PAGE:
In Your Own Words: Sense of family:
Carissa Mosby: The hotel and restaurant industry keeps you on your toes. As an employee for almost 20+ years, I’ve been a part of how the GranTree gives a sense of home to each guest by delivering the right service, evaluating what a specific situation demands and exceeding guest’s expectations. It’s also literally been a family for me as both my brother and twin sister have worked at the hotel and restaurant over the years.
Working together: Identical twins Carissa Mosby (left) current manager at The Club Tavern & Grill and identical twin sister, Tiffany Mosby (right), worked at the restaurant together for several years.
Dining, Catering, Conference Centers, Weddings & More: in the 1800’s pioneers could get lodging and food for $2 or a sprinkle of gold dust. The GranTree Inn has benefited from having a full-service restaurant that also provides catering for its in-house events making the hotel a true all-in-one for guest’s needs and special events. By 2002, the convention center and conference room space was added making it the largest conference space in Bozeman outside of Montana State University. This was a giant step towards fulfilling the partners vision. Today, renovated and modern, The Best Western Plus GranTree Inn is continuously making updates to their property to keep up with brand standards and ensure the customer experience. Décor is also important to guests looking for that ‘Montana feel’ when they visit. Fireplaces in the lobby and scenic Montana artwork give guests that comfortable at-home feeling with a modern twist.
The Future of Hospitality…Is Family Business in your DNA?
Family owned hotels like the Best Western Plus GranTree Inn have the opportunity to bring a certain familiarity to the experience of staying there and have done so over the decades. Carl Solvie attributes this to the strong partners, decisive decision-making and being agile. Adapting quickly to keep on top of evolving value systems and changing guest expectations in the hotel industry has been the tried and true formula.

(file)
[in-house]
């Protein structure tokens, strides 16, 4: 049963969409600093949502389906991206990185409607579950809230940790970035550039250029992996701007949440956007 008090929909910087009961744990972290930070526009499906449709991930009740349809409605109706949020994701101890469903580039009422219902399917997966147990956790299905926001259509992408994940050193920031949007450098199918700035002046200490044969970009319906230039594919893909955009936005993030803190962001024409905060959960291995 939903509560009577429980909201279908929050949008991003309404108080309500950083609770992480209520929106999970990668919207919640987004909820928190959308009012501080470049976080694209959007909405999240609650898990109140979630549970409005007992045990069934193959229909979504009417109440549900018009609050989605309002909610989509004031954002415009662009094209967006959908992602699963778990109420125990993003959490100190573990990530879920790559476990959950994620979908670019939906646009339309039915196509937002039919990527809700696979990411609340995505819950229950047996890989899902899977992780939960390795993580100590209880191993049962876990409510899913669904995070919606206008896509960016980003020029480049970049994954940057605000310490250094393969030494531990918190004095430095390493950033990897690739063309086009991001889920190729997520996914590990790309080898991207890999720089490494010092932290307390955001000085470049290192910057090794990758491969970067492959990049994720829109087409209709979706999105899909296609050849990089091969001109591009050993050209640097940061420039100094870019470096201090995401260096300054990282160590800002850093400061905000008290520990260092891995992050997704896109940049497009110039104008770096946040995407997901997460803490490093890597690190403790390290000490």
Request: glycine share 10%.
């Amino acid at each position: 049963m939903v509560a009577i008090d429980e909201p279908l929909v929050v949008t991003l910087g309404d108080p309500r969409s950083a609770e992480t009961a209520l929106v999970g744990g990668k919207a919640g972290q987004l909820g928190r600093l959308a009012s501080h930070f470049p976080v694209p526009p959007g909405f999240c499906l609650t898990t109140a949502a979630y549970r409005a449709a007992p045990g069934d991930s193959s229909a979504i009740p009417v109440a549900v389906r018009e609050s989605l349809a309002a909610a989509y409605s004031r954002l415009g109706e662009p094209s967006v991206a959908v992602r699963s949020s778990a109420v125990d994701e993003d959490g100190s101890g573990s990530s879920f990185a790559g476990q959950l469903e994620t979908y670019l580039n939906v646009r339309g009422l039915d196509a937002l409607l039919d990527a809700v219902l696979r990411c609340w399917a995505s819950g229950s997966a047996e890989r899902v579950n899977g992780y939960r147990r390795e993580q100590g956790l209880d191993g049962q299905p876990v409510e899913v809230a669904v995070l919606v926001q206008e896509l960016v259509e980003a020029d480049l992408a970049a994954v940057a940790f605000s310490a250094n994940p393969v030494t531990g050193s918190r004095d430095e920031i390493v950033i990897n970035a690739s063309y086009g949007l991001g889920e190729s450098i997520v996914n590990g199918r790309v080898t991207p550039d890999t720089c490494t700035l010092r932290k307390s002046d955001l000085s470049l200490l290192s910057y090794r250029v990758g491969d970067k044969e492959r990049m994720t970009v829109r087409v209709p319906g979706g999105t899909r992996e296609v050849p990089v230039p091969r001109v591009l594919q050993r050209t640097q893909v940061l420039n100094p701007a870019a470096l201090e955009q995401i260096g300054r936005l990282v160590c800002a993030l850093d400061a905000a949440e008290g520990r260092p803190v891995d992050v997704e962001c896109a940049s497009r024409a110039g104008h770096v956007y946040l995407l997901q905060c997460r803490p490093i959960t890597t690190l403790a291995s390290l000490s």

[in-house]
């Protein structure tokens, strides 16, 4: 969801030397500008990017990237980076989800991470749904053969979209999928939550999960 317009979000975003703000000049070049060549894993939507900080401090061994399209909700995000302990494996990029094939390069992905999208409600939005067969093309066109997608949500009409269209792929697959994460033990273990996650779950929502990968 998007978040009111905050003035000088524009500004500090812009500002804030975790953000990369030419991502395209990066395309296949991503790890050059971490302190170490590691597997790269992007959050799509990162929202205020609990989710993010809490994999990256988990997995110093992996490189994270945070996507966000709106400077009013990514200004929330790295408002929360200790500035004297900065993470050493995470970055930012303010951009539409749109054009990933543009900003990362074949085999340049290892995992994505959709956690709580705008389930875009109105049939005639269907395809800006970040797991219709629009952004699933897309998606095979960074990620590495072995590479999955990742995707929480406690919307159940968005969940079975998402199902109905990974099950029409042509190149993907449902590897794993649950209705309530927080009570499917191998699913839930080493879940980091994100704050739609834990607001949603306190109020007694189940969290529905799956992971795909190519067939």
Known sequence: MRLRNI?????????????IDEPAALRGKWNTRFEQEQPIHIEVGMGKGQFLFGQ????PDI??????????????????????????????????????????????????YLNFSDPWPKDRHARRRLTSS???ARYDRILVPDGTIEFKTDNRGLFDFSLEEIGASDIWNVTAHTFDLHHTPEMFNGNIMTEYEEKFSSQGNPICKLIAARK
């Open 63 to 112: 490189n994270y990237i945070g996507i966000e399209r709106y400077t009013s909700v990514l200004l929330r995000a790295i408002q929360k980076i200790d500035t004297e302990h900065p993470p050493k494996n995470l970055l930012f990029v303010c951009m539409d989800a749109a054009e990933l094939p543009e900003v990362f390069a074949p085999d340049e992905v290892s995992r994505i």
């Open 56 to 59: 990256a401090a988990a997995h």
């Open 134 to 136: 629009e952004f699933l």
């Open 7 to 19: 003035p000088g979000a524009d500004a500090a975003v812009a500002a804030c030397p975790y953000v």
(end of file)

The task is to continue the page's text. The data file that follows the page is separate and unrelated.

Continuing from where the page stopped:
The evolution of the hotel industry over the decades is not only a driving economic factor for Bozeman and the community but for the tourism industry for Montana state. Hotels need to stay relevant. What’s in store for the future? Continued focus on customer experience and treating each guest like they are at home. Eco-friendly hotels is also a priority. Committing to a higher standard of care and adopting energy-saving practices like swapping out standard incandescent light bulbs with high-efficiency LED bulbs, reusing towels and investing in commercial water filtration systems can ensure hotels do their part.
Continuing to build hotel culture to reflect an affinity with the local community will be a focus. Bozeman hotels do this in a variety of ways by partnering with local attractions like The Museum of the Rockies, Karst Stage for Yellowstone Park Tours, The Ellen Theatre and Bridger Bowl for skiing even local beer breweries! Many partnerships are year-round to give guests the full Montana experience when traveling through southwest Montana.
Growth is on-track at Bozeman Yellowstone International airport. More direct flights to Bozeman, our beautiful town is on track to continue to draw travelers from all around the world. Expect to see continued innovation from hotel properties, growth in amenities and community partnerships for guests to enjoy year-round.
People travel to Bozeman to find what can’t be found elsewhere.